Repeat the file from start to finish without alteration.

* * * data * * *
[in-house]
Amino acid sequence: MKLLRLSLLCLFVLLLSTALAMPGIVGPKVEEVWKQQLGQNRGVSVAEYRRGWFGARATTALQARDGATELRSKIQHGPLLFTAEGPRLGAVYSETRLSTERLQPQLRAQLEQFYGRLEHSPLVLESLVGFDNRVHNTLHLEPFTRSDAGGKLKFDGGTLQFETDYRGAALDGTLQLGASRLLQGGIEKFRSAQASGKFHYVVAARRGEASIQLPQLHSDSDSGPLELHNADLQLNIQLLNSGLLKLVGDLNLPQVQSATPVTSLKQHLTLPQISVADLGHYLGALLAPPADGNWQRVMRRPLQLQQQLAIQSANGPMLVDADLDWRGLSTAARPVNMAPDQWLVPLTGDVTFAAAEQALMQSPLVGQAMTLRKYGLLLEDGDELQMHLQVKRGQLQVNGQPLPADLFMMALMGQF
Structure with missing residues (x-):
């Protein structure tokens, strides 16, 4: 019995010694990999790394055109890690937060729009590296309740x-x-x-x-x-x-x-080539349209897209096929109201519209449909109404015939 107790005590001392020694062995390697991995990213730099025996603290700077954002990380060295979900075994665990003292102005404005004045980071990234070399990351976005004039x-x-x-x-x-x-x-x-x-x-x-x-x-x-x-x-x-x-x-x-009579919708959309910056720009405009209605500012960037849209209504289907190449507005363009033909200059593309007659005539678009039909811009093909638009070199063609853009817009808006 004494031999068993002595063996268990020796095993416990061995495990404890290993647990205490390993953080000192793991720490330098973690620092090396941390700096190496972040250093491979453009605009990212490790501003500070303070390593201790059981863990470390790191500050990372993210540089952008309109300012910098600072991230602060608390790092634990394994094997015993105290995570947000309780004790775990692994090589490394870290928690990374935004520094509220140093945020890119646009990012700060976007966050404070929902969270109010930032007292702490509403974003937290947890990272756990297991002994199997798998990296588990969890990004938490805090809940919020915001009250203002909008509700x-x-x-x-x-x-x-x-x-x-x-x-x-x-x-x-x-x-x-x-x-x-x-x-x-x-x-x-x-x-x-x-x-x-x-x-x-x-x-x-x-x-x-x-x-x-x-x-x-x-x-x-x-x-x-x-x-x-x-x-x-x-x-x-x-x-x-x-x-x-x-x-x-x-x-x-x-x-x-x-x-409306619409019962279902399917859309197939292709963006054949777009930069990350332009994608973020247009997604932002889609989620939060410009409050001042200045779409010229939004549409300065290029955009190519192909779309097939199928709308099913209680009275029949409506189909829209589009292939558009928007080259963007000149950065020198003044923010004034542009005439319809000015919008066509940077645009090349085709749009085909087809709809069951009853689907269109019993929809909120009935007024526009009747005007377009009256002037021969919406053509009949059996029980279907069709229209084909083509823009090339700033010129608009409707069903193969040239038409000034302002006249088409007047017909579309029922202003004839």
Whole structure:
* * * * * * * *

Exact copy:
[in-house]
Amino acid sequence: MKLLRLSLLCLFVLLLSTALAMPGIVGPKVEEVWKQQLGQNRGVSVAEYRRGWFGARATTALQARDGATELRSKIQHGPLLFTAEGPRLGAVYSETRLSTERLQPQLRAQLEQFYGRLEHSPLVLESLVGFDNRVHNTLHLEPFTRSDAGGKLKFDGGTLQFETDYRGAALDGTLQLGASRLLQGGIEKFRSAQASGKFHYVVAARRGEASIQLPQLHSDSDSGPLELHNADLQLNIQLLNSGLLKLVGDLNLPQVQSATPVTSLKQHLTLPQISVADLGHYLGALLAPPADGNWQRVMRRPLQLQQQLAIQSANGPMLVDADLDWRGLSTAARPVNMAPDQWLVPLTGDVTFAAAEQALMQSPLVGQAMTLRKYGLLLEDGDELQMHLQVKRGQLQVNGQPLPADLFMMALMGQF
Structure with missing residues (x-):
């Protein structure tokens, strides 16, 4: 019995010694990999790394055109890690937060729009590296309740x-x-x-x-x-x-x-080539349209897209096929109201519209449909109404015939 107790005590001392020694062995390697991995990213730099025996603290700077954002990380060295979900075994665990003292102005404005004045980071990234070399990351976005004039x-x-x-x-x-x-x-x-x-x-x-x-x-x-x-x-x-x-x-x-009579919708959309910056720009405009209605500012960037849209209504289907190449507005363009033909200059593309007659005539678009039909811009093909638009070199063609853009817009808006 004494031999068993002595063996268990020796095993416990061995495990404890290993647990205490390993953080000192793991720490330098973690620092090396941390700096190496972040250093491979453009605009990212490790501003500070303070390593201790059981863990470390790191500050990372993210540089952008309109300012910098600072991230602060608390790092634990394994094997015993105290995570947000309780004790775990692994090589490394870290928690990374935004520094509220140093945020890119646009990012700060976007966050404070929902969270109010930032007292702490509403974003937290947890990272756990297991002994199997798998990296588990969890990004938490805090809940919020915001009250203002909008509700x-x-x-x-x-x-x-x-x-x-x-x-x-x-x-x-x-x-x-x-x-x-x-x-x-x-x-x-x-x-x-x-x-x-x-x-x-x-x-x-x-x-x-x-x-x-x-x-x-x-x-x-x-x-x-x-x-x-x-x-x-x-x-x-x-x-x-x-x-x-x-x-x-x-x-x-x-x-x-x-x-409306619409019962279902399917859309197939292709963006054949777009930069990350332009994608973020247009997604932002889609989620939060410009409050001042200045779409010229939004549409300065290029955009190519192909779309097939199928709308099913209680009275029949409506189909829209589009292939558009928007080259963007000149950065020198003044923010004034542009005439319809000015919008066509940077645009090349085709749009085909087809709809069951009853689907269109019993929809909120009935007024526009009747005007377009009256002037021969919406053509009949059996029980279907069709229209084909083509823009090339700033010129608009409707069903193969040239038409000034302002006249088409007047017909579309029922202003004839």
Whole structure: